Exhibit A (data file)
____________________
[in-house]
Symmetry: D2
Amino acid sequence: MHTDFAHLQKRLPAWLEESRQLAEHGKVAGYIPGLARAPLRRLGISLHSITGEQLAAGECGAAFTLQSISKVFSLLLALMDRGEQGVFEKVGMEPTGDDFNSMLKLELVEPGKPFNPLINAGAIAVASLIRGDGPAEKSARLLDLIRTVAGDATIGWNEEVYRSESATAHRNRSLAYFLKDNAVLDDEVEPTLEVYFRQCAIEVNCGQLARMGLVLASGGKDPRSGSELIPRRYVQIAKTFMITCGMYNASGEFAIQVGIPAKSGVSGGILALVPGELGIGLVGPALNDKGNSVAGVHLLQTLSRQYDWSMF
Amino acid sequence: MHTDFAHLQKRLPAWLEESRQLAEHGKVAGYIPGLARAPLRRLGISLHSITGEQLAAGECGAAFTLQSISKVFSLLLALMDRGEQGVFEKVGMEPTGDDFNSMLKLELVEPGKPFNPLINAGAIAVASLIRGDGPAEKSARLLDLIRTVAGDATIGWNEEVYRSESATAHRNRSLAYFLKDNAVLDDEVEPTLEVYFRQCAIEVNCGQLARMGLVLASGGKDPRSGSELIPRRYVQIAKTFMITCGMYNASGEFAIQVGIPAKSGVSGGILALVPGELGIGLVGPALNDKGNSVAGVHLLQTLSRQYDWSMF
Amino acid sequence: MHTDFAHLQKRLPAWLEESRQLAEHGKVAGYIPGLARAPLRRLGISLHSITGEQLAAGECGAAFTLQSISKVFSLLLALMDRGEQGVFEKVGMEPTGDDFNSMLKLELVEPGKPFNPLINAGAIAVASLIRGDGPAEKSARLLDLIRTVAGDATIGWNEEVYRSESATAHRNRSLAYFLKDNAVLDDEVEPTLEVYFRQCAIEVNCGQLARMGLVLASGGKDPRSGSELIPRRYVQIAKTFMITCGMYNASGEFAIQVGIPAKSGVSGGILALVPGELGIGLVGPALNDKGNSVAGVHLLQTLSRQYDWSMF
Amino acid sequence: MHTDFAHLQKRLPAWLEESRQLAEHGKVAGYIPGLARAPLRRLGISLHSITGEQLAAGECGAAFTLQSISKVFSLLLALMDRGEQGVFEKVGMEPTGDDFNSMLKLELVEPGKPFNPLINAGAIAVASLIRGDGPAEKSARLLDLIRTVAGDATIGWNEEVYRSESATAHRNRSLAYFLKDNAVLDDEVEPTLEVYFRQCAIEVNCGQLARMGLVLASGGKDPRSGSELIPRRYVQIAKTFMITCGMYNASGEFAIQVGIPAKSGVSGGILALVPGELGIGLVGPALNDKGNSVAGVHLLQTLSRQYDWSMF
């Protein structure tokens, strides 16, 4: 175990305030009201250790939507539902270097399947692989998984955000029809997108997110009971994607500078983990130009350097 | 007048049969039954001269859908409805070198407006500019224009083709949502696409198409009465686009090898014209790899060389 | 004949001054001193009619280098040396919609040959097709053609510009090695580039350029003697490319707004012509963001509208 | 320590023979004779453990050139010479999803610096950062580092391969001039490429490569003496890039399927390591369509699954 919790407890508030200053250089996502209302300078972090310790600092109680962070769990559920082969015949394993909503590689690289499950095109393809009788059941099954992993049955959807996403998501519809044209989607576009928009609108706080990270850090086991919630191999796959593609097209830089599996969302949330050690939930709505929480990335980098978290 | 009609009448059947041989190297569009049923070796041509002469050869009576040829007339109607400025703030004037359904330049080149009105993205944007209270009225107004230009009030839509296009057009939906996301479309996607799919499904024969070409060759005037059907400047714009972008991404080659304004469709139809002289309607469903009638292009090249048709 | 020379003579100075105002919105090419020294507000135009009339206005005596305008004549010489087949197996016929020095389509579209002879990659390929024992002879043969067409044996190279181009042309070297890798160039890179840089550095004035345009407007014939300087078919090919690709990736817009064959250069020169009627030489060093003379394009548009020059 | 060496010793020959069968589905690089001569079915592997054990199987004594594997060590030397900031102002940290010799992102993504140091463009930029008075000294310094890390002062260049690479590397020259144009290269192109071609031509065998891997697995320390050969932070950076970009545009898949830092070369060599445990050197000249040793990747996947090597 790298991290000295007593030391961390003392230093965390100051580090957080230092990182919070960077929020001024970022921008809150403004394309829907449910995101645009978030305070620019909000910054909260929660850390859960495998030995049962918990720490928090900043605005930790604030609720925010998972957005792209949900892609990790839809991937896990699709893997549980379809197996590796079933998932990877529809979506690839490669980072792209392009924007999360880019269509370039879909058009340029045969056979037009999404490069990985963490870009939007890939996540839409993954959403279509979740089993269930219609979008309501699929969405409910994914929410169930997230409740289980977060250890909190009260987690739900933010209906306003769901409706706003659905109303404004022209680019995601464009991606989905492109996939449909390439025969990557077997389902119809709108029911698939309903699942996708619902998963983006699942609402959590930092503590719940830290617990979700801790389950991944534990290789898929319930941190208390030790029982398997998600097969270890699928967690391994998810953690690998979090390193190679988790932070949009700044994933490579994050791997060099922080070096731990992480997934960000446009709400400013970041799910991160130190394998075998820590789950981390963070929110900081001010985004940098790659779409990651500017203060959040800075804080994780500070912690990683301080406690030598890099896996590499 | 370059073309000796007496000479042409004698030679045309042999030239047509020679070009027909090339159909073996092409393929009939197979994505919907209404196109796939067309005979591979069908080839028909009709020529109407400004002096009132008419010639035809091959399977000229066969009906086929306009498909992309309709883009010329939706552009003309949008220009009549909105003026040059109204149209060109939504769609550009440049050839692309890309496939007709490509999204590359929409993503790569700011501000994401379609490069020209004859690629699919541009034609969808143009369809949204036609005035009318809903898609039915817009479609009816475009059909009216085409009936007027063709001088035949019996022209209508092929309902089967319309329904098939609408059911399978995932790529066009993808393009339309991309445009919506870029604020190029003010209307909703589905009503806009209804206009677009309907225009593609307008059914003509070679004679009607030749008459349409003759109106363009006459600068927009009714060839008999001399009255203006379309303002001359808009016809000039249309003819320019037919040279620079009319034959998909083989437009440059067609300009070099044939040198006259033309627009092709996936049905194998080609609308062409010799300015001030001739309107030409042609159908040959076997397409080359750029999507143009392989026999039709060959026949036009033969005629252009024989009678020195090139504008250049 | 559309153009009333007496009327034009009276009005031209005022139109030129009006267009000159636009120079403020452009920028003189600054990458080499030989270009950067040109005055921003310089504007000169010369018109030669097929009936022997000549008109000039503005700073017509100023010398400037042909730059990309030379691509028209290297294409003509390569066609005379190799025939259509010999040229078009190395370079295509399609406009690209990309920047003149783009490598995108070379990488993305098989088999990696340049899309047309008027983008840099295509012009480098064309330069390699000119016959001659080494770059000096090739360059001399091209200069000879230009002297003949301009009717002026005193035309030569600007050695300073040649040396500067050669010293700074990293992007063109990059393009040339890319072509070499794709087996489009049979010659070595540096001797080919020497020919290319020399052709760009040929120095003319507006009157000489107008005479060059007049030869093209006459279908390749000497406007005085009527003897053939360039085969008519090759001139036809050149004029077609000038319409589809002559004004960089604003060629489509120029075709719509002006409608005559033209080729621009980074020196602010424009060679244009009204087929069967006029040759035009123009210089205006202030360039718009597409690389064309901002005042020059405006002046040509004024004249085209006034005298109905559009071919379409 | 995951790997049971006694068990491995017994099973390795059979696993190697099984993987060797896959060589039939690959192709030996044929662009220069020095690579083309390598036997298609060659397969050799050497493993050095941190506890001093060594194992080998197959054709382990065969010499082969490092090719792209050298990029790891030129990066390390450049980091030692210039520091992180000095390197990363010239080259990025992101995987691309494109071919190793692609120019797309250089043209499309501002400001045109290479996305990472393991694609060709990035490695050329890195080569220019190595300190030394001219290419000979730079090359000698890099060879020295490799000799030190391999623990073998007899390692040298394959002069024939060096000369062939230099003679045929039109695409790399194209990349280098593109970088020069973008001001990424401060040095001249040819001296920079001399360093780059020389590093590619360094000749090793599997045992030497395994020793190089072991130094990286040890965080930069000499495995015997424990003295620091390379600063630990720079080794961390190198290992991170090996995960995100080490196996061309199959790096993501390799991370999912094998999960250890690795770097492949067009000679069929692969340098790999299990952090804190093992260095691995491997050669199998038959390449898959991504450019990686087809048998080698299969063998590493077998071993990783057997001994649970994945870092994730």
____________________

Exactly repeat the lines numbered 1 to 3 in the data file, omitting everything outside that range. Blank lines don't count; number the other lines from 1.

[in-house]
Symmetry: D2
Amino acid sequence: MHTDFAHLQKRLPAWLEESRQLAEHGKVAGYIPGLARAPLRRLGISLHSITGEQLAAGECGAAFTLQSISKVFSLLLALMDRGEQGVFEKVGMEPTGDDFNSMLKLELVEPGKPFNPLINAGAIAVASLIRGDGPAEKSARLLDLIRTVAGDATIGWNEEVYRSESATAHRNRSLAYFLKDNAVLDDEVEPTLEVYFRQCAIEVNCGQLARMGLVLASGGKDPRSGSELIPRRYVQIAKTFMITCGMYNASGEFAIQVGIPAKSGVSGGILALVPGELGIGLVGPALNDKGNSVAGVHLLQTLSRQYDWSMF